There is nothing quite so discouraging as to attempt to share a joy, and to fail. When a comedian tells a joke before a crowd and no one laughs; it is called “bombing out”. Or when a preacher attempts to inspire but repulses, it is said he “empties the place.” Or, for another example, when you work up the nerve to ask a pretty girl to dance, and she says, “No thank you”, it is said you “crash and burn”. Or, when you try to cheer a child by taking them for a brisk, winter hike, and they respond…
In my case the joy I failed to share was the joy of growing my own food. My children never appreciated my gardens. The work struck them as unnecessary. Fine. I decided they could be that way, and this year ran my garden without even hinting I could use any help. And now I have a harvest so big I can’t possibly eat it all, and, with some crops, can’t even gather it all. I have created a sort of quandary, which resulted in the bitterness of this sonnet:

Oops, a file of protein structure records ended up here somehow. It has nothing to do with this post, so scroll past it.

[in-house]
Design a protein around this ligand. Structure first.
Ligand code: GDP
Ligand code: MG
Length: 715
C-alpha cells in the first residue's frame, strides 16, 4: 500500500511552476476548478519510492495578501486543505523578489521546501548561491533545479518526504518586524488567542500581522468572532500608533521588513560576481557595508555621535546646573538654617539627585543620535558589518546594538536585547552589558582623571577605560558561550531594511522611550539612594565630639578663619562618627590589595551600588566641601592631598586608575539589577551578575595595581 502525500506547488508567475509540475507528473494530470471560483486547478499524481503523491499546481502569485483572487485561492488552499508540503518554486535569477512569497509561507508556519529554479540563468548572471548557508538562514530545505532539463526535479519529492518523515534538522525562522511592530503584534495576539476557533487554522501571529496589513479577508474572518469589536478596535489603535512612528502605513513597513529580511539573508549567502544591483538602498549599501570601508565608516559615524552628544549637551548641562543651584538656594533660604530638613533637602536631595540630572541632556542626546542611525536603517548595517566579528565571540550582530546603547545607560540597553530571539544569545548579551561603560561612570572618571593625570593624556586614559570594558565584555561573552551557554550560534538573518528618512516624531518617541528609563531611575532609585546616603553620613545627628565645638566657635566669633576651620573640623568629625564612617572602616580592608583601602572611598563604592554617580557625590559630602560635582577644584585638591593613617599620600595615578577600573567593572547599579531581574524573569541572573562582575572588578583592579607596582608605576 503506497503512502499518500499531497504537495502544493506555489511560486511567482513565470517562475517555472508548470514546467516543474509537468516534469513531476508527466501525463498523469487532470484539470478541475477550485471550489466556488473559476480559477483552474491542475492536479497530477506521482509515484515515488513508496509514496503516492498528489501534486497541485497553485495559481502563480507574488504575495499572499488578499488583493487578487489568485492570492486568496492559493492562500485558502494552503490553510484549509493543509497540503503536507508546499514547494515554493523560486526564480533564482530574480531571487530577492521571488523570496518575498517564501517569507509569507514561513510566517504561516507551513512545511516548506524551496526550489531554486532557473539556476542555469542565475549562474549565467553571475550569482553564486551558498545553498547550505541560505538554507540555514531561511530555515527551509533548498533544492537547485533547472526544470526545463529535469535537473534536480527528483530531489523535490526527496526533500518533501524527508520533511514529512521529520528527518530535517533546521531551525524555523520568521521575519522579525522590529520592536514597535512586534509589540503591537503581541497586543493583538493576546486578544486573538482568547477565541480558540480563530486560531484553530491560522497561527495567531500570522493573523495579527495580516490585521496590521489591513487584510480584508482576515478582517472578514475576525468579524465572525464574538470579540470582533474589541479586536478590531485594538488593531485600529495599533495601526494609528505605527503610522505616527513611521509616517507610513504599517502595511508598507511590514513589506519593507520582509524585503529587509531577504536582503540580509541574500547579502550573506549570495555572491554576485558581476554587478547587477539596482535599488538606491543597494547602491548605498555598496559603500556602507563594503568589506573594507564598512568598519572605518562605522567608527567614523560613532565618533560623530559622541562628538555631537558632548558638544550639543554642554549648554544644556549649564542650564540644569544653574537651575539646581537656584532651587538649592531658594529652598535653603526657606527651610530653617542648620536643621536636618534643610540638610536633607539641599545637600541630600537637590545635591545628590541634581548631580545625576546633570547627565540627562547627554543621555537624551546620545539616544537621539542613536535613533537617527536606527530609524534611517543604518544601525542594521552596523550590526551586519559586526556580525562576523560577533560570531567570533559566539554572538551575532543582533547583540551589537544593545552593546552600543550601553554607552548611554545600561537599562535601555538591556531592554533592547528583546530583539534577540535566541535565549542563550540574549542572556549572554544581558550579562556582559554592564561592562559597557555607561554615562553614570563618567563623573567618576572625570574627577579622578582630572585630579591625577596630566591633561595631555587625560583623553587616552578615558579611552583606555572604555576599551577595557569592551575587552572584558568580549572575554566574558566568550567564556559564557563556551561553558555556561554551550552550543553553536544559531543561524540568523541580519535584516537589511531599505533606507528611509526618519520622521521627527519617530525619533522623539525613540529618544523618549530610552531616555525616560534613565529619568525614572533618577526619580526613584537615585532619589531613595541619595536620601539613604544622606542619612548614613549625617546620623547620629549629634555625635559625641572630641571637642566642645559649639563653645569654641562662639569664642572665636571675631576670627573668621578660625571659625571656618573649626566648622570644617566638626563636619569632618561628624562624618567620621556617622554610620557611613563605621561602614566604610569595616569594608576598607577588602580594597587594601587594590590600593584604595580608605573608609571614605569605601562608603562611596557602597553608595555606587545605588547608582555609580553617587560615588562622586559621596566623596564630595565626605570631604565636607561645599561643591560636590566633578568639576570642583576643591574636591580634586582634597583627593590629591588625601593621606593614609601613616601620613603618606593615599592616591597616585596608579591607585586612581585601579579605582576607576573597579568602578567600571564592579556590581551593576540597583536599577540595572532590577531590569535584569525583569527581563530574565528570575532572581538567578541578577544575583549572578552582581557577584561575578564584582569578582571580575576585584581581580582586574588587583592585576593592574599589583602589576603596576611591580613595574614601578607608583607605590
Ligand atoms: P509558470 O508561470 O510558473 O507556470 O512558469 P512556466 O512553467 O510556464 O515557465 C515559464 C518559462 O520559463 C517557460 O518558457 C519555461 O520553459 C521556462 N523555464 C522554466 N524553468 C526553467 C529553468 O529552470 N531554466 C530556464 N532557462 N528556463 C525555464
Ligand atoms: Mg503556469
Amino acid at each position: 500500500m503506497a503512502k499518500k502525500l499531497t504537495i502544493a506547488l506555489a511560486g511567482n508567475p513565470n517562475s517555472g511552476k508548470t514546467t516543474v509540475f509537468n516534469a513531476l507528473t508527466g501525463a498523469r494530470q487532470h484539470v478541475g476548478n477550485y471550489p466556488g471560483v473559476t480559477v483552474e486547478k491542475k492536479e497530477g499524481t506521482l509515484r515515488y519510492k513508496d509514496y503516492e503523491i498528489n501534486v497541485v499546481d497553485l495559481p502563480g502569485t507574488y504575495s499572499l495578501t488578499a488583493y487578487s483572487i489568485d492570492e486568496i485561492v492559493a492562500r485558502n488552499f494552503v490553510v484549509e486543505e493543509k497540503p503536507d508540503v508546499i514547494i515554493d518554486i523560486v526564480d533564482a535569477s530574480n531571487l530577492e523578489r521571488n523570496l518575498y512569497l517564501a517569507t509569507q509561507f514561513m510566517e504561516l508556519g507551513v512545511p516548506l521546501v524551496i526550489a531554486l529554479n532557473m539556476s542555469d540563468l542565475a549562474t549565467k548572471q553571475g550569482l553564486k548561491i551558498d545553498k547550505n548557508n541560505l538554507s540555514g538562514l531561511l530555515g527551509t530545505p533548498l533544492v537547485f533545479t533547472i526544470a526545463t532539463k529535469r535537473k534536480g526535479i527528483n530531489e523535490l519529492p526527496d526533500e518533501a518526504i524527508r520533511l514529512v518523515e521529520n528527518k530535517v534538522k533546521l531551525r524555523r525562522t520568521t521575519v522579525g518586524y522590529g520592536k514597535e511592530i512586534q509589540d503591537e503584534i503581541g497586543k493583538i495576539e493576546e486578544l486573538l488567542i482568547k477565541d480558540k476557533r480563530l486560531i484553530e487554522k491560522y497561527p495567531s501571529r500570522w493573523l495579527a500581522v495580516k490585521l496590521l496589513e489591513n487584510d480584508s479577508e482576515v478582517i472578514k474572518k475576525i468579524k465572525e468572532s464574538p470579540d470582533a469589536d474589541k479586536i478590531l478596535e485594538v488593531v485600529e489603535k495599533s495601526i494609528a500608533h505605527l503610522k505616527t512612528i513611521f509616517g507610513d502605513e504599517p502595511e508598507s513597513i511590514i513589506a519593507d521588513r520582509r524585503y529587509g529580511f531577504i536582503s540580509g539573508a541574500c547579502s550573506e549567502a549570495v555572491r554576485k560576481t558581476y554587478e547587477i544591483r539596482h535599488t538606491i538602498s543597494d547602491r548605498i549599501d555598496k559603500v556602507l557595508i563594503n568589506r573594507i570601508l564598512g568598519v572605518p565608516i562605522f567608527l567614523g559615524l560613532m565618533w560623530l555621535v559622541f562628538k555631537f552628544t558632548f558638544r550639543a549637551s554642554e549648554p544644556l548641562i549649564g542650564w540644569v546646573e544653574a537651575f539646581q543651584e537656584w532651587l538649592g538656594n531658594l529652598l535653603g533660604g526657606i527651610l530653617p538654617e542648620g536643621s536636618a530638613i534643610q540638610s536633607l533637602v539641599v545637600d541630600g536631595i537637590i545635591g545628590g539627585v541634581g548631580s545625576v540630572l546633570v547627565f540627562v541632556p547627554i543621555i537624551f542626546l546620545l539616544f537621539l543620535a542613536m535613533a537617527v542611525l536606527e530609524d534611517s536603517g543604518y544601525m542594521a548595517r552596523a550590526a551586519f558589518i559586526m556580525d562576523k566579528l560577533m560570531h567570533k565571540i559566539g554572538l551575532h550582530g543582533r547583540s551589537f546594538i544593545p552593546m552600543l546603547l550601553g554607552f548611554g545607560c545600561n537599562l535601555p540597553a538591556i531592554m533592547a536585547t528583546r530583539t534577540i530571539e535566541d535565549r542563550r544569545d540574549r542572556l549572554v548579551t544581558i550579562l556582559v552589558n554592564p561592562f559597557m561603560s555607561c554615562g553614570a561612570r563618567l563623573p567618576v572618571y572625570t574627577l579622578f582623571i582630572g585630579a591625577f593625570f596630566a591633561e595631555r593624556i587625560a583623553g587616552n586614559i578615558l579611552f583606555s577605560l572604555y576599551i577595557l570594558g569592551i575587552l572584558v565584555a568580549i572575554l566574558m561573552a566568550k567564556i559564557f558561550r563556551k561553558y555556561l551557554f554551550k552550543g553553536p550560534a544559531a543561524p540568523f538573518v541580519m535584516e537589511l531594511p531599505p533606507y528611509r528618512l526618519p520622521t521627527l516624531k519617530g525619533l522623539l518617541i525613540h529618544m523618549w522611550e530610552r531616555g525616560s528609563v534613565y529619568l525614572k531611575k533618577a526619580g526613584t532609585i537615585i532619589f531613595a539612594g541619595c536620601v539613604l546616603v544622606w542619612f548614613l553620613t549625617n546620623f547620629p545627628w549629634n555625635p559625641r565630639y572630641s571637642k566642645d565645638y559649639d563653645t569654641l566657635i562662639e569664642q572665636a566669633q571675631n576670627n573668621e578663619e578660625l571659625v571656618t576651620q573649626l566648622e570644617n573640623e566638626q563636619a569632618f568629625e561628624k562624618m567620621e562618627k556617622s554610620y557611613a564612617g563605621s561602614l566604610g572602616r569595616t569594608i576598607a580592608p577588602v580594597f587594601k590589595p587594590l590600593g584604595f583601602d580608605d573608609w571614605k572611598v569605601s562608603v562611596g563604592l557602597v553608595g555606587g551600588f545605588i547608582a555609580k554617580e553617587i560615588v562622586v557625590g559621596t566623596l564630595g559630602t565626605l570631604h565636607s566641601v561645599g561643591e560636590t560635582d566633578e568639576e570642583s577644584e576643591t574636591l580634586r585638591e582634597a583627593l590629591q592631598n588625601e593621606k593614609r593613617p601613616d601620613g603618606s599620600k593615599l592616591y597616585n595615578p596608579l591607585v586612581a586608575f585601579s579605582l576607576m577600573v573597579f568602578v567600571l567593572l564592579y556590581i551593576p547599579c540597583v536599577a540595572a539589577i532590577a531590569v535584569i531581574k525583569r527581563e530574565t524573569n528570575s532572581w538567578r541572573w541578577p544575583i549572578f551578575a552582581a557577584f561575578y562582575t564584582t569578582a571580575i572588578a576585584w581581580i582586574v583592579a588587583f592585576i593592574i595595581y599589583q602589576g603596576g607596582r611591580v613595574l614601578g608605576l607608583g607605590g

I wish they were as old-fashioned as I.
Though frost cuts, I heap a heating harvest,
Yet I no longer even bother to try
To get them to sweat, though reaping’s blessed.
Today I hauled a hundred pounds of squash
To my larder. For me that’s four hundred
Meals. But I know they’d, with piggy squeals, quash
All joy from my harvest, whining they’ve bled
And are wounded, because fall’s frost cuts.
Those who don’t plant don’t know why they’re fed.
Their fine complaints are but signs they lack guts.
They think they make sense, while making me groan
For no man likes to reap harvests alone.
Now forgive me for a bit, as I devolve into bitterness, for it follows to an interesting conclusion.
Every year my garden is an experiment. Or, to be more accurate, around a hundred experiments. And this year one experiment involved not facing a lot of blasted Calvin-and-Hobbes grousing from family members, who sarcastically state they have better things to do than plant and weed, and fight bugs and beetles and rabbits and squirrels and fungus and rot and drought and flood, and then to have to harvest and store and pickle and can and salt, and all for what? To eat what they could eat without so much work? “Man does not live on bread alone” they will tell me, (though they have never seriously fasted, nor seen how life looks without bread).